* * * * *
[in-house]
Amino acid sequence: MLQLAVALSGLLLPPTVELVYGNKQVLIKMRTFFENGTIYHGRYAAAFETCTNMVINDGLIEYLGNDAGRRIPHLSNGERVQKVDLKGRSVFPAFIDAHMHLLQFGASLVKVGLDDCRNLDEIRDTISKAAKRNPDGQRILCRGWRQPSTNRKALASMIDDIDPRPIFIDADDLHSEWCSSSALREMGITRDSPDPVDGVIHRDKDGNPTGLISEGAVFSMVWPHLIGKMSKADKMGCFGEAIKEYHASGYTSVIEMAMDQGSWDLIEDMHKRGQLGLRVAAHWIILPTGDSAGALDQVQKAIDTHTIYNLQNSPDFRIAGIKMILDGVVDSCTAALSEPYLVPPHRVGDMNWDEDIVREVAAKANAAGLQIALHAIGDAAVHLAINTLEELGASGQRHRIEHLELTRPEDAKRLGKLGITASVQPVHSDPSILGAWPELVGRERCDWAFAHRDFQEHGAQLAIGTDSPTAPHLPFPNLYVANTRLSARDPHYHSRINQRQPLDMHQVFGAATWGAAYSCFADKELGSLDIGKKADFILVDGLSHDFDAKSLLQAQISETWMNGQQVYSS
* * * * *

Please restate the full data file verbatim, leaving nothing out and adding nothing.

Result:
[in-house]
Amino acid sequence: MLQLAVALSGLLLPPTVELVYGNKQVLIKMRTFFENGTIYHGRYAAAFETCTNMVINDGLIEYLGNDAGRRIPHLSNGERVQKVDLKGRSVFPAFIDAHMHLLQFGASLVKVGLDDCRNLDEIRDTISKAAKRNPDGQRILCRGWRQPSTNRKALASMIDDIDPRPIFIDADDLHSEWCSSSALREMGITRDSPDPVDGVIHRDKDGNPTGLISEGAVFSMVWPHLIGKMSKADKMGCFGEAIKEYHASGYTSVIEMAMDQGSWDLIEDMHKRGQLGLRVAAHWIILPTGDSAGALDQVQKAIDTHTIYNLQNSPDFRIAGIKMILDGVVDSCTAALSEPYLVPPHRVGDMNWDEDIVREVAAKANAAGLQIALHAIGDAAVHLAINTLEELGASGQRHRIEHLELTRPEDAKRLGKLGITASVQPVHSDPSILGAWPELVGRERCDWAFAHRDFQEHGAQLAIGTDSPTAPHLPFPNLYVANTRLSARDPHYHSRINQRQPLDMHQVFGAATWGAAYSCFADKELGSLDIGKKADFILVDGLSHDFDAKSLLQAQISETWMNGQQVYSS